LONDON (Reuters) - Britain on Friday banned from entering the country an Indian preacher who has expressed radical views about Islam, including some that appear to justify acts of terrorism.
Home Secretary Theresa May said she had barred Zakir Naik, a 44-year-old television preacher based in Mumbai, for inflammatory remarks he was known to have made in the past.
Naik had been due to give a series of lectures in London and the city of Sheffield in northern England.
“Numerous comments made by Dr Naik are evidence to me of his unacceptable behaviour,” May said in a statement, without elaborating.
The Daily Telegraph on Friday reported Interior Ministry sources saying that 2006 website footage had shown Naik telling Muslims it was acceptable to embrace terrorism in certain instances.
According to the paper, Naik said Muslims should beware of people saying Osama bin Laden was right or wrong, adding: “If you ask my view, if given the truth, if he is fighting the enemies of Islam, I am for him.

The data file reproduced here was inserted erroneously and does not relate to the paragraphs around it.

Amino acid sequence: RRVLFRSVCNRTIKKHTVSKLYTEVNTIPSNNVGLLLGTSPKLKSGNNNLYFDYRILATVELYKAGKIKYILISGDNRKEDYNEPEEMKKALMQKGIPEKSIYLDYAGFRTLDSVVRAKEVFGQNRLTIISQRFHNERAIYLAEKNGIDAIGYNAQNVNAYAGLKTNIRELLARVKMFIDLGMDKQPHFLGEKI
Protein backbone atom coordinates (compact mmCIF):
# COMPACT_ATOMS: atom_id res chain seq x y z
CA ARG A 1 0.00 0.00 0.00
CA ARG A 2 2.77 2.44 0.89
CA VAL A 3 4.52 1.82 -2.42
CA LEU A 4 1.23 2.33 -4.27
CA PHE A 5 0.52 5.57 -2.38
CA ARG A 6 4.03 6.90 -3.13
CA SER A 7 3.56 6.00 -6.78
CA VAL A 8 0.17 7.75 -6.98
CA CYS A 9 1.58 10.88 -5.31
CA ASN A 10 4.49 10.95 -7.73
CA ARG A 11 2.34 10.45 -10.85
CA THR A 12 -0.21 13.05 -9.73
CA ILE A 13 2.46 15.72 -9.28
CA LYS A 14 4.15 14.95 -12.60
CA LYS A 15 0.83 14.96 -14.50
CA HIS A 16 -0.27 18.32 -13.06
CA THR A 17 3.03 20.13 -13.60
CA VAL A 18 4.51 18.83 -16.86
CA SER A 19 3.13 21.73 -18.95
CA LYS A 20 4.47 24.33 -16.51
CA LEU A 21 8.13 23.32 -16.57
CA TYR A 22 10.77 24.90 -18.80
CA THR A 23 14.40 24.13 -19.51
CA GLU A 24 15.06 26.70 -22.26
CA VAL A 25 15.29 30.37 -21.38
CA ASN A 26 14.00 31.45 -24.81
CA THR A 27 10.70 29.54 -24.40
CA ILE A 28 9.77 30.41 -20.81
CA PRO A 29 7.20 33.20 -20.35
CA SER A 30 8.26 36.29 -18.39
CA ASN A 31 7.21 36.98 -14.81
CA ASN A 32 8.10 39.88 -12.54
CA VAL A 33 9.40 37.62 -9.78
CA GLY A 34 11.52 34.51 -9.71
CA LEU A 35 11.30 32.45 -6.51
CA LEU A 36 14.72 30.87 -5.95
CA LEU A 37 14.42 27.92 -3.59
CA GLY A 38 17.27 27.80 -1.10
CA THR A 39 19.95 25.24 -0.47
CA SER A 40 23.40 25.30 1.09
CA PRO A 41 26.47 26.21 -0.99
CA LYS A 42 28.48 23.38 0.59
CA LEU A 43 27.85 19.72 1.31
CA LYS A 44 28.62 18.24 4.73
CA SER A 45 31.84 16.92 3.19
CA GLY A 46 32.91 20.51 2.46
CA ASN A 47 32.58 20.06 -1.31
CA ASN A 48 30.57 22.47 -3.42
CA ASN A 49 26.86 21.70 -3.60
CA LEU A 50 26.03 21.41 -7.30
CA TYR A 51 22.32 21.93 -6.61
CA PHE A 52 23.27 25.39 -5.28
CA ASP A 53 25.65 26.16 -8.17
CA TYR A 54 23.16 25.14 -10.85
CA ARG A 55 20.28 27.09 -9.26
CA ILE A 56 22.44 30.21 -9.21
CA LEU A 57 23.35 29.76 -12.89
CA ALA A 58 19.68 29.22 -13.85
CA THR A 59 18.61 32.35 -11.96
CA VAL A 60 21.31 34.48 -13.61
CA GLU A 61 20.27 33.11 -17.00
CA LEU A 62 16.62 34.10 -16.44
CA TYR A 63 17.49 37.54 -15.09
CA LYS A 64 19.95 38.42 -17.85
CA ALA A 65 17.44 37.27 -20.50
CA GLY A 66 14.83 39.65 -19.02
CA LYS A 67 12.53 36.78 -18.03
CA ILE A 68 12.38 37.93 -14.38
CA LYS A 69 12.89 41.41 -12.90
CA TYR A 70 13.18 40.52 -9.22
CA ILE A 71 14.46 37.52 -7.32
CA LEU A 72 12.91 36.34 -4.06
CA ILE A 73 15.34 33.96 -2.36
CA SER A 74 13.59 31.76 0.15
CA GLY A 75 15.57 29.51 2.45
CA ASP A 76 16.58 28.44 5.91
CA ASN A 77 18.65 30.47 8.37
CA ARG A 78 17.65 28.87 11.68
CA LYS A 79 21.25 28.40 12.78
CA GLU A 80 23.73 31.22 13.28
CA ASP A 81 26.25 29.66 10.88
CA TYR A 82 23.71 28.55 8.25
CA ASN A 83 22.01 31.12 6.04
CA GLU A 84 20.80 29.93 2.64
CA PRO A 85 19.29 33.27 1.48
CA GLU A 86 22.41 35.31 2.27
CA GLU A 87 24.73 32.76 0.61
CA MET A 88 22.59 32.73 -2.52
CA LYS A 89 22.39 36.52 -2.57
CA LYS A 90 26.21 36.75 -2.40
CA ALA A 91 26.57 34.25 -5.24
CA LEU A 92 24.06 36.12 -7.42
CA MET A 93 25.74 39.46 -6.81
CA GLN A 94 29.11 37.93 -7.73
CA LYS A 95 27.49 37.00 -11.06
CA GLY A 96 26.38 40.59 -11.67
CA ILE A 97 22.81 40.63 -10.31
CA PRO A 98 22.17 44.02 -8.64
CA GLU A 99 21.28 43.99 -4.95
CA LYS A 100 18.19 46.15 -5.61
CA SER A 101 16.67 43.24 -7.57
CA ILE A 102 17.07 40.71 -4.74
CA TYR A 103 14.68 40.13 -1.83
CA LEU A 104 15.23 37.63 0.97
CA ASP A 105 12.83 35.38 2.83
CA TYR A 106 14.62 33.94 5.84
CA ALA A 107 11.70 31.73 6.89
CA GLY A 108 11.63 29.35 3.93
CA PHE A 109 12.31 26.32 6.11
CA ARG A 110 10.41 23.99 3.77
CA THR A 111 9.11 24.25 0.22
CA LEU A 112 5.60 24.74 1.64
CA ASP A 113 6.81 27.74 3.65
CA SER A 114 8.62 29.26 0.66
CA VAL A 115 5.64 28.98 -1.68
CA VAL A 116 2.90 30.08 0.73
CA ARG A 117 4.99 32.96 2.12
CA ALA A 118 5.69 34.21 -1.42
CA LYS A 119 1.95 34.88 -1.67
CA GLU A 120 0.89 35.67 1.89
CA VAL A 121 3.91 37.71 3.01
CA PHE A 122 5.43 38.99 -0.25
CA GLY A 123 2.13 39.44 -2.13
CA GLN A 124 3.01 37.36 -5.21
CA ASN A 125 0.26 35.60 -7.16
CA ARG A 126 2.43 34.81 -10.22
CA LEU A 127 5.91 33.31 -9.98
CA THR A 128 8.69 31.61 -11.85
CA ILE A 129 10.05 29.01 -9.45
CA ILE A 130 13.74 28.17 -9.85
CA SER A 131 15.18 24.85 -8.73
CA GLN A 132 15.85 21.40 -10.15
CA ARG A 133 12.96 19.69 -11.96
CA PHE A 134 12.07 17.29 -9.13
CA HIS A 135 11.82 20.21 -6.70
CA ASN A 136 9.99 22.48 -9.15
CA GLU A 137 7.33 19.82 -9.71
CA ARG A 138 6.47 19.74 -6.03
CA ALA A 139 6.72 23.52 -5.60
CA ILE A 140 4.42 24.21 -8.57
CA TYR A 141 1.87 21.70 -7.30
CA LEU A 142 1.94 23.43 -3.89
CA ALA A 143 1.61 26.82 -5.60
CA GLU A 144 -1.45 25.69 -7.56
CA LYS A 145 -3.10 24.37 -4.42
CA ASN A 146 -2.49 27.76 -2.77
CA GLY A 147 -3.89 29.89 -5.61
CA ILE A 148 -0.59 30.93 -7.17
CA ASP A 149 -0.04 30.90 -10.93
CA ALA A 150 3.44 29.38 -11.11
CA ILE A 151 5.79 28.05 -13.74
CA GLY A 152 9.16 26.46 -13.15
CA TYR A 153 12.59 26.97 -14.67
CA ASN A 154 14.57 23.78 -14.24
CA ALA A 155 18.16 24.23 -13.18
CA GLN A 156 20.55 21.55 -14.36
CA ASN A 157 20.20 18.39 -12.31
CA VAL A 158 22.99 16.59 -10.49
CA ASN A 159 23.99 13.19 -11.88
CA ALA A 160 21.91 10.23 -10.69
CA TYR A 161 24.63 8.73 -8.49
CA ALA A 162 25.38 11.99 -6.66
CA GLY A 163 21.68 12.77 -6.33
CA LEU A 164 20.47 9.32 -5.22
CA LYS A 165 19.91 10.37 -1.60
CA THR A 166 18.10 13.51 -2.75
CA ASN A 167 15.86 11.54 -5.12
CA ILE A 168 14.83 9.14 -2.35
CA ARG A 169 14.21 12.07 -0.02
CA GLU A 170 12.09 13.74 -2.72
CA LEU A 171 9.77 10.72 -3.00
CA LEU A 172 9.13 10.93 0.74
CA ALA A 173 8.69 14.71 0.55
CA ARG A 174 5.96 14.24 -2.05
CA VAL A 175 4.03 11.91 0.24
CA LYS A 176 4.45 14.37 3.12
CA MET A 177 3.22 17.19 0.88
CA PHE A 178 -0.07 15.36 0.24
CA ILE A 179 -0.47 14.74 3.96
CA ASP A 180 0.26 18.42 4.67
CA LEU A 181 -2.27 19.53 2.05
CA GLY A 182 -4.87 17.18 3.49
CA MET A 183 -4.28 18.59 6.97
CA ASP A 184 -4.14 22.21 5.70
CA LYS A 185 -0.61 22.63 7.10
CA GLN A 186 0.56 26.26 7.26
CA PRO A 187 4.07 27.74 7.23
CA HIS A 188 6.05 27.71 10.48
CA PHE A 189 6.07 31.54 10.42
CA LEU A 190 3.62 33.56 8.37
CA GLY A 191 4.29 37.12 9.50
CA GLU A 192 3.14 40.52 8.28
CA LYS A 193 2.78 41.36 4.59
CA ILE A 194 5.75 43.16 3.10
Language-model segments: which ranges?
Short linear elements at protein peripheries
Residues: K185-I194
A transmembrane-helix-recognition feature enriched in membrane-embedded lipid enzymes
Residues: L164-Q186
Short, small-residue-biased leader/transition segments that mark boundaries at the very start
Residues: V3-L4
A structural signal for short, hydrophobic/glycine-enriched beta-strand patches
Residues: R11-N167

“If he is terrorising the terrorists, if he is terrorising America the terrorist, the biggest terrorist, every Muslim should be a terrorist.”
He is also reported by the paper to have suggested Western women make themselves “more susceptible to rape” by wearing revealing clothing.
“Western society has actually degraded (women) to the status of concubines, mistresses and social butterflies, who are mere tools in the hands of pleasure seekers and sex marketeers,” the paper quoted him as saying.
May said: “Coming to the UK is a privilege not a right and I am not willing to allow those who might not be conducive to the public good to enter.”
The minister made it clear she had not banned him simply because of his views, which is prohibited under the law.
A Home Office spokesman said the powers were used if an individual expressed views that “foment, justify or glorify terrorist violence in furtherance of particular beliefs” or “seek to provoke others to terrorist acts.”
He declined to elaborate on the exact nature of his comments, or when they were made.
Reporting by Stefano Ambrogi; Editing by Alison Williams